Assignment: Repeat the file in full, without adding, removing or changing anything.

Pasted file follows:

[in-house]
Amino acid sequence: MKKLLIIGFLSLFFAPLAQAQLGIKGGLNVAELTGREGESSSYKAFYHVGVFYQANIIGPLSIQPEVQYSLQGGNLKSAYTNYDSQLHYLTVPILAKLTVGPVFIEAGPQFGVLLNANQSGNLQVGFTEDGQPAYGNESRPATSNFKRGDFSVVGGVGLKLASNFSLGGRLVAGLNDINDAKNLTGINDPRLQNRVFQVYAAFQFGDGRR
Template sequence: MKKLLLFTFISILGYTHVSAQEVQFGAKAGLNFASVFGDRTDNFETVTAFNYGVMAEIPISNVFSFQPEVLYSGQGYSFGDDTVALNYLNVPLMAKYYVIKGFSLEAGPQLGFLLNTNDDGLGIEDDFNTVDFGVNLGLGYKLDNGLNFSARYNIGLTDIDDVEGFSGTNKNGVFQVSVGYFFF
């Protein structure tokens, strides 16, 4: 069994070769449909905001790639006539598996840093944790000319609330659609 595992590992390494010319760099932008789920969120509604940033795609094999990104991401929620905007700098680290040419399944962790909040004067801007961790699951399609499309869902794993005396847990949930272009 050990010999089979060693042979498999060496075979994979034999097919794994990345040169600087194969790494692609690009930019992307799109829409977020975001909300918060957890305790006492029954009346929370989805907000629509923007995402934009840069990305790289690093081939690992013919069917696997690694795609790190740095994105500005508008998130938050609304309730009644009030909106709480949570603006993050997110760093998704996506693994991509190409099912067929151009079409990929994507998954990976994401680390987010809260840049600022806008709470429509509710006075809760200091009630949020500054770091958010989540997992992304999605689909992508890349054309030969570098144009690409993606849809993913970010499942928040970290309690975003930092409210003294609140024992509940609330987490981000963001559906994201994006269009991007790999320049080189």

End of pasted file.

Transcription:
[in-house]
Amino acid sequence: MKKLLIIGFLSLFFAPLAQAQLGIKGGLNVAELTGREGESSSYKAFYHVGVFYQANIIGPLSIQPEVQYSLQGGNLKSAYTNYDSQLHYLTVPILAKLTVGPVFIEAGPQFGVLLNANQSGNLQVGFTEDGQPAYGNESRPATSNFKRGDFSVVGGVGLKLASNFSLGGRLVAGLNDINDAKNLTGINDPRLQNRVFQVYAAFQFGDGRR
Template sequence: MKKLLLFTFISILGYTHVSAQEVQFGAKAGLNFASVFGDRTDNFETVTAFNYGVMAEIPISNVFSFQPEVLYSGQGYSFGDDTVALNYLNVPLMAKYYVIKGFSLEAGPQLGFLLNTNDDGLGIEDDFNTVDFGVNLGLGYKLDNGLNFSARYNIGLTDIDDVEGFSGTNKNGVFQVSVGYFFF
């Protein structure tokens, strides 16, 4: 069994070769449909905001790639006539598996840093944790000319609330659609 595992590992390494010319760099932008789920969120509604940033795609094999990104991401929620905007700098680290040419399944962790909040004067801007961790699951399609499309869902794993005396847990949930272009 050990010999089979060693042979498999060496075979994979034999097919794994990345040169600087194969790494692609690009930019992307799109829409977020975001909300918060957890305790006492029954009346929370989805907000629509923007995402934009840069990305790289690093081939690992013919069917696997690694795609790190740095994105500005508008998130938050609304309730009644009030909106709480949570603006993050997110760093998704996506693994991509190409099912067929151009079409990929994507998954990976994401680390987010809260840049600022806008709470429509509710006075809760200091009630949020500054770091958010989540997992992304999605689909992508890349054309030969570098144009690409993606849809993913970010499942928040970290309690975003930092409210003294609140024992509940609330987490981000963001559906994201994006269009991007790999320049080189």